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Freshwater diatom biogeography and the genus Luticola: an extreme case of endemism in Antarctica

Kociolek, J.P.; Kopalová, K.; Hamsher, S.E.; Kohler, T.J.; Van de Vijver, B.; Convey, P.; McKnight, D.M.. 2017 Freshwater diatom biogeography and the genus Luticola: an extreme case of endemism in Antarctica. Polar Biology, 40 (6). 1185-1196. 10.1007/s00300-017-2090-7

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This article has been accepted for publication and will be published by Springer in Polar Biology. The final publication is available at link.springer.com. Copyright Springer.
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Abstract/Summary

Historical views have characterized Antarctica as a frozen desert with low diversity, although recent studies suggest that this may not be true for microscopic organisms. For microbes, assessing endemism in the Antarctic region has been particularly important, especially against a backdrop of debate regarding their presumed cosmopolitan nature. To contribute to this conversation, we highlight the observed endemism of the freshwater diatom genus Luticola in Antarctica by synthesizing the results of a modern high-resolution taxonomy from the Continental, Maritime, and sub-Antarctic regions. We report that Luticola has one of the highest endemic rates of any diatom genus in Antarctica, in terms of total number of species (taxon endemism) and percentage of the entire genus (phylogenetic endemism). Of the over 200 species of Luticola globally, nearly 20% (43) occur in the Antarctic, with 42 of these being endemic. Within regions, Maritime Antarctica has the largest number of Luticola species and endemics (28 and 23, respectively), followed by Continental Antarctica (14, 9) and sub-Antarctic islands (8, 6). Thus, 38 of the 42 endemics are found in a single region only. While the timing of Luticola diversification has not been established, fossil evidence suggests recent invasions and/or diversification over a relatively short geologic timescale. Understanding the origin and evolution of endemic diatom species in Antarctica will help us better understand microbial biogeography, as well as assess and interpret impacts of large-scale environmental change taking place at southern latitudes.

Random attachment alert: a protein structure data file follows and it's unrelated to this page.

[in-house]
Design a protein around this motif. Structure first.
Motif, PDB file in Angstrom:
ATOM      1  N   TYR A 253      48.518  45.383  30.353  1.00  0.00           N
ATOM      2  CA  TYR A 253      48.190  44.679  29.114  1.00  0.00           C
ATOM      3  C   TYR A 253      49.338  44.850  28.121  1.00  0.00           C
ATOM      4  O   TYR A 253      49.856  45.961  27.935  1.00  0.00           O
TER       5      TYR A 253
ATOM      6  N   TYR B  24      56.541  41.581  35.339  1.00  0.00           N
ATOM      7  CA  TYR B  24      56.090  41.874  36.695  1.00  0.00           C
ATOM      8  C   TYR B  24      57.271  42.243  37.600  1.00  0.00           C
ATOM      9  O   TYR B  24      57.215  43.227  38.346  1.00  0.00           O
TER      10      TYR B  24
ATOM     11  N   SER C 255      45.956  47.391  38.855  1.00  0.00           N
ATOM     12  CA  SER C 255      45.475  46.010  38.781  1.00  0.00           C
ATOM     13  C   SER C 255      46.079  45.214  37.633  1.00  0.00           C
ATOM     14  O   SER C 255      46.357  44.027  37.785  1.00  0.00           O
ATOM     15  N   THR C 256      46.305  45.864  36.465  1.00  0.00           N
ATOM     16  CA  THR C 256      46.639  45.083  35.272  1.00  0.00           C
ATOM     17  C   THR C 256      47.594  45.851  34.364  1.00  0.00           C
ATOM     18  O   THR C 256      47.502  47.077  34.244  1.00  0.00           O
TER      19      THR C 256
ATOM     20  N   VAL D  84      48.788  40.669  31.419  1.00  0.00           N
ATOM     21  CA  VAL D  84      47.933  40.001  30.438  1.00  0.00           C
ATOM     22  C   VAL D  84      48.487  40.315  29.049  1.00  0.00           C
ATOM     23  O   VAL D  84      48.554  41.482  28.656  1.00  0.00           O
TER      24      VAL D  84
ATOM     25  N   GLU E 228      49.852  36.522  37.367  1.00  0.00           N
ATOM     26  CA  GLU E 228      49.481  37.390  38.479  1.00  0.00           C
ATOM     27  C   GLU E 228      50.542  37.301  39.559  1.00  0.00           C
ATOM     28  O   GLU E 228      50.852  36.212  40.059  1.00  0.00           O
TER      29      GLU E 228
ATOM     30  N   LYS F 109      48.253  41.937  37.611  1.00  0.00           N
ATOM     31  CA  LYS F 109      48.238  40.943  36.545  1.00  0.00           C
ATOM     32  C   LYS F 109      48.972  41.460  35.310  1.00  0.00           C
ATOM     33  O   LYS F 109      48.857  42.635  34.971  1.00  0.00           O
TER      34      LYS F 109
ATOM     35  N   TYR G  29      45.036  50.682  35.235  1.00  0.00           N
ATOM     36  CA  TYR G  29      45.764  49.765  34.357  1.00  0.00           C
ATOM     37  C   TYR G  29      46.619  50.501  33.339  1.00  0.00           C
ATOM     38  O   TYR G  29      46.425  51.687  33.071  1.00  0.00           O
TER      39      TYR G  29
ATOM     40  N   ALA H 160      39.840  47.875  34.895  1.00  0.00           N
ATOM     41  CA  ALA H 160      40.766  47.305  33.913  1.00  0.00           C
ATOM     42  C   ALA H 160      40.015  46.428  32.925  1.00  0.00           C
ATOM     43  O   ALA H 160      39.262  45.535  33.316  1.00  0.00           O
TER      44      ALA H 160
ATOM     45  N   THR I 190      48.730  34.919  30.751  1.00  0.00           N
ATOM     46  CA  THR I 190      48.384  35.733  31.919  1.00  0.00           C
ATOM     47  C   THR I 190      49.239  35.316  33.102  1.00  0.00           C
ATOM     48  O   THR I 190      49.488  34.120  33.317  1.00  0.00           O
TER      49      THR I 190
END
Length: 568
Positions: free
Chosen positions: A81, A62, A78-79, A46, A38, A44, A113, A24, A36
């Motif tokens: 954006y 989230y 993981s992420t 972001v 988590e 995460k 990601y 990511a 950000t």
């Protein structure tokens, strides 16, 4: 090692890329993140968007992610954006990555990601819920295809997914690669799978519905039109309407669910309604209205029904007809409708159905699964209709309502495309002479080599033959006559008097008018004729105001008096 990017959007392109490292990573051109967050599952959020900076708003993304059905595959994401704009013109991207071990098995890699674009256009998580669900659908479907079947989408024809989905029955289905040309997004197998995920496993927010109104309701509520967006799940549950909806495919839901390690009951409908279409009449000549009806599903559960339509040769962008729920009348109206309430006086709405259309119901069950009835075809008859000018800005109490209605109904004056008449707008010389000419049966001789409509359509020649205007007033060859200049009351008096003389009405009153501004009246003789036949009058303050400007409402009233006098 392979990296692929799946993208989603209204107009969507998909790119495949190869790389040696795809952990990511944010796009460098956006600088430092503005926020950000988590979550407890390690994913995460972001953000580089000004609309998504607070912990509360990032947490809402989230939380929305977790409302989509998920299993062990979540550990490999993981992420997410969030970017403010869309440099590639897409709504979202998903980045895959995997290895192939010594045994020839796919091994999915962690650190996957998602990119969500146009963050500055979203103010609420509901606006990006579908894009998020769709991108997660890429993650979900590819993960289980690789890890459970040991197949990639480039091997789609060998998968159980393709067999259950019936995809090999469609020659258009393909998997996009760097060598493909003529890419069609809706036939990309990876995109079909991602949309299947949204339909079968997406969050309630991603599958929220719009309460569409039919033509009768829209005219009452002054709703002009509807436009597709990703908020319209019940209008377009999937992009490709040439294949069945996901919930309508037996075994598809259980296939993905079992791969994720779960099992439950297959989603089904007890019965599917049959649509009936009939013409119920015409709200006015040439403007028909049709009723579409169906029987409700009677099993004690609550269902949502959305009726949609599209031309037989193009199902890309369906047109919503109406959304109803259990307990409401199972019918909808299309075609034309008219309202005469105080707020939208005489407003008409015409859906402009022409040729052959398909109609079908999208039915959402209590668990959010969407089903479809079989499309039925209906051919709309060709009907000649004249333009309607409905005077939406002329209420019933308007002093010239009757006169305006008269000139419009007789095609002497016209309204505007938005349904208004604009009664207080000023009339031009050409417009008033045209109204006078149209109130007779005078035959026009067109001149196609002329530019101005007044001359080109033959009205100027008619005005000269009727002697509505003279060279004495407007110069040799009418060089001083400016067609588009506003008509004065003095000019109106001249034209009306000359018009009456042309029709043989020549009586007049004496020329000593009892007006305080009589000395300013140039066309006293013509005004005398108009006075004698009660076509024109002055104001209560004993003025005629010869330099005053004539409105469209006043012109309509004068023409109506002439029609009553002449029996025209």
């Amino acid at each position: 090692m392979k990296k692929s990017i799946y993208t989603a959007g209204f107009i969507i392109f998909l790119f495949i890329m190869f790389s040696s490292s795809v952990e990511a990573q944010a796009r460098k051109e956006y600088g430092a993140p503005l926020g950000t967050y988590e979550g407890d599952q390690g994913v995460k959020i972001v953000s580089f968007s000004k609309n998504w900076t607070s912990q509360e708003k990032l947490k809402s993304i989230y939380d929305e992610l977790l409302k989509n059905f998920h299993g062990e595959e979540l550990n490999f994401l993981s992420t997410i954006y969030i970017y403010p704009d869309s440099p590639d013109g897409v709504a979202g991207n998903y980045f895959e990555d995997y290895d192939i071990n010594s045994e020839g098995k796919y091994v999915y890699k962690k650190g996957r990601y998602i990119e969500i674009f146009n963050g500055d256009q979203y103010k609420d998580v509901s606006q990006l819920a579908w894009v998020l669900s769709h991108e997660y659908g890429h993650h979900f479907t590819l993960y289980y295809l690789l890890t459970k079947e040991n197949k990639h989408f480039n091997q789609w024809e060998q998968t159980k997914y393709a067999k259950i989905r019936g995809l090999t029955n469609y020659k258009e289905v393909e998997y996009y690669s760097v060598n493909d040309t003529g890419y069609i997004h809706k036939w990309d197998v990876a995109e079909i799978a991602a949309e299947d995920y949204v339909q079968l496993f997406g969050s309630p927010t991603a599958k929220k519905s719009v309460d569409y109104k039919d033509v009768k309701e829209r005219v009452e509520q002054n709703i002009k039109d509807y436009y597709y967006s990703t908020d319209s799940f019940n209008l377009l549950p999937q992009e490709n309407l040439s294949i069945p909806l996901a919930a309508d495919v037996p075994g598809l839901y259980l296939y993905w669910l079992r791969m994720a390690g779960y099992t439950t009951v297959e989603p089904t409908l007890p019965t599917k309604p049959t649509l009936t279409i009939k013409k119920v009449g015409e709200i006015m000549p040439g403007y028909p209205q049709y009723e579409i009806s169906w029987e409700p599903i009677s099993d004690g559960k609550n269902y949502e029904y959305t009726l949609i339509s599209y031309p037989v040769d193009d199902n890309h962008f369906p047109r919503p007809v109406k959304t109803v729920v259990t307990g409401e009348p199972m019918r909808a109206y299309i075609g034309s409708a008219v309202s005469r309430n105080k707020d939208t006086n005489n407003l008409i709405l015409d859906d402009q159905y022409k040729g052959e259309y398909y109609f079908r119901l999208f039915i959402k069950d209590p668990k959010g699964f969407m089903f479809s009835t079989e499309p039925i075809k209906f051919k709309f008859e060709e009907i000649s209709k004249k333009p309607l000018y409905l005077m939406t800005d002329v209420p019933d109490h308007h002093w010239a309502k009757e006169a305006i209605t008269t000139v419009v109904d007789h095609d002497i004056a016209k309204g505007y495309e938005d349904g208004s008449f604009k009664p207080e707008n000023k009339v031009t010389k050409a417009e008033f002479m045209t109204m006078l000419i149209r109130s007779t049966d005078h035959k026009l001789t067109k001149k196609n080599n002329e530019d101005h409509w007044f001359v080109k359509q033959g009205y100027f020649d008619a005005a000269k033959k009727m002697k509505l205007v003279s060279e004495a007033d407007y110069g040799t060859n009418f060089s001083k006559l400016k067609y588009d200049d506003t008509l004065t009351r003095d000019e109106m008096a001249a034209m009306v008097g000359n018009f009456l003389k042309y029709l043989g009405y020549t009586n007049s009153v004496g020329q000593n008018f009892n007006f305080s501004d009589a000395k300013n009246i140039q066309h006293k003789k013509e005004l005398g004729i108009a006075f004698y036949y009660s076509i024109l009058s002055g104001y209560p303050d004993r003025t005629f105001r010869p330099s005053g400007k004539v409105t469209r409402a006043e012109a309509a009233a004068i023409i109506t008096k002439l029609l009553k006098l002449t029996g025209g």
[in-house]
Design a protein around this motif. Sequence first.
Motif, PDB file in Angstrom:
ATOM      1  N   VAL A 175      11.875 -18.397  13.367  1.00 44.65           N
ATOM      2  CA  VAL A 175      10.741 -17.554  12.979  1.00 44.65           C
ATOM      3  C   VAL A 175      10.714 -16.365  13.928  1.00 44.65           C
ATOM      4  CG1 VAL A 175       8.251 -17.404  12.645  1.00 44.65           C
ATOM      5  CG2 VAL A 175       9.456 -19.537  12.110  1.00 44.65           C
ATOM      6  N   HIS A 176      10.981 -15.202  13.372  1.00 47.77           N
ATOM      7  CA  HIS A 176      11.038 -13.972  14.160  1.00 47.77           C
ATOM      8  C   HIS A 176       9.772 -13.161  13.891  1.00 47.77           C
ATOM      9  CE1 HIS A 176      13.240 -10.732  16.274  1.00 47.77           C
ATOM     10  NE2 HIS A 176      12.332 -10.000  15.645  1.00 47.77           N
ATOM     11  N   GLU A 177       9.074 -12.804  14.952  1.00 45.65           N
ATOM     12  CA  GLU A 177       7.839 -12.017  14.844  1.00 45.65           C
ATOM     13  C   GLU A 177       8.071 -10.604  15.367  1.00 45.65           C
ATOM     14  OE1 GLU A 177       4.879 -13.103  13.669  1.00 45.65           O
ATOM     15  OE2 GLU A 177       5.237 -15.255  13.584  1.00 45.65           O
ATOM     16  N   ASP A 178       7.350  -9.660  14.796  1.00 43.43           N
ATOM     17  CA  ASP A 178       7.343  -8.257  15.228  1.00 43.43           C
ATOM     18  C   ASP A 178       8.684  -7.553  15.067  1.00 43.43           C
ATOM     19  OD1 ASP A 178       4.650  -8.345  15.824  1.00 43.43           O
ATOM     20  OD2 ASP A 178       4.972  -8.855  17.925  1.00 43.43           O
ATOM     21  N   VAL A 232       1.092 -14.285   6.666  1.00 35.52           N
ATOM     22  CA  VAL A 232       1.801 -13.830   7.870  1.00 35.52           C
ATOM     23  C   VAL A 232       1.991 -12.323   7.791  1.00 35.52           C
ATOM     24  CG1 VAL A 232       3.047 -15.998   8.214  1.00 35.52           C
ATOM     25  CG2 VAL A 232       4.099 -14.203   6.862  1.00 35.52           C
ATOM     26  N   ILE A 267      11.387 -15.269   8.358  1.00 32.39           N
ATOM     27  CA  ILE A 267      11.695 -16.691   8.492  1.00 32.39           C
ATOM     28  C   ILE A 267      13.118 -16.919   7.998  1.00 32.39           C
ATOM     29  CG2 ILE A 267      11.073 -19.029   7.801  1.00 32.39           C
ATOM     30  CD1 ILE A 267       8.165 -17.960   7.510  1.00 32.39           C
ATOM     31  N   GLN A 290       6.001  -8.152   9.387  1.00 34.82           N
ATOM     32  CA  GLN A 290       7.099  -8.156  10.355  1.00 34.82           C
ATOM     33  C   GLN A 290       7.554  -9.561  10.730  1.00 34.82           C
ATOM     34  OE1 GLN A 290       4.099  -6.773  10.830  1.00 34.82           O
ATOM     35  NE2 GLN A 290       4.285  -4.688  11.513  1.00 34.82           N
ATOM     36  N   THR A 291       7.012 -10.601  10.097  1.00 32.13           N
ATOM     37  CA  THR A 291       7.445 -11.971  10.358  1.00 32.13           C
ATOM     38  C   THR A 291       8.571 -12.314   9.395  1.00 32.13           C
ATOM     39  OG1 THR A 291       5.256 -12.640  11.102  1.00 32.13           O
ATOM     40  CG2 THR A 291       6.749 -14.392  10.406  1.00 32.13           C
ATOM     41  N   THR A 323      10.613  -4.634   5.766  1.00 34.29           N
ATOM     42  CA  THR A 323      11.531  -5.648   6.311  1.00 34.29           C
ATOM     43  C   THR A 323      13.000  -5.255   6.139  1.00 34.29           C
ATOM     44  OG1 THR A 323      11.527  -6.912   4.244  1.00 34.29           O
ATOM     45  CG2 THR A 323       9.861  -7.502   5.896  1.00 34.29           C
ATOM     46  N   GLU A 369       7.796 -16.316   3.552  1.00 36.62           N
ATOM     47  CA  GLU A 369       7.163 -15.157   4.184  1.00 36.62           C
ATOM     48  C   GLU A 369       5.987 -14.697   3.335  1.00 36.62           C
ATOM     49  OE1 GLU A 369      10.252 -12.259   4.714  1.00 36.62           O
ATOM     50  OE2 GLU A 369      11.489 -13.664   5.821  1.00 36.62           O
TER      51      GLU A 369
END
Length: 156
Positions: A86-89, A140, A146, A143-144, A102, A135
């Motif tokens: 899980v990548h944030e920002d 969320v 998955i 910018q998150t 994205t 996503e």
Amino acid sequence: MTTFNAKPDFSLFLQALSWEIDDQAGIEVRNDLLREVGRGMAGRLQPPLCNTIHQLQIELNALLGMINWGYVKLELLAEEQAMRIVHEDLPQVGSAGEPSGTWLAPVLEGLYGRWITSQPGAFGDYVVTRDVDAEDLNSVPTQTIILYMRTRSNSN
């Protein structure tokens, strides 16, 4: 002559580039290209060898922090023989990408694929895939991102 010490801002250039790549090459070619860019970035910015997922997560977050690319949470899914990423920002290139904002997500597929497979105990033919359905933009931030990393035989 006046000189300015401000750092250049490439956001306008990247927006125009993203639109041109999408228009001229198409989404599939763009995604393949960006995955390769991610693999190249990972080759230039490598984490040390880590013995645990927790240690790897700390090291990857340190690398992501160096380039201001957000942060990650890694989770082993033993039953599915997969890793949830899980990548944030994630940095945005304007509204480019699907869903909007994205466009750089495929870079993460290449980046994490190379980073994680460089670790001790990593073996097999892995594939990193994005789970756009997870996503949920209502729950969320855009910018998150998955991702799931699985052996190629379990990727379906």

Item Type: Publication - Article
Digital Object Identifier (DOI): 10.1007/s00300-017-2090-7
Programmes: BAS Programmes > BAS Programmes 2015 > Biodiversity, Evolution and Adaptation
ISSN: 0722-4060
Additional Keywords: Dry Valleys, Bacillariophyta, sub-Antarctic islands, cryosphere, ubiquity hypothesis, James Ross Island
Date made live: 13 Mar 2017 09:30 +0 (UTC)
URI: http://nora.nerc.ac.uk/id/eprint/510931

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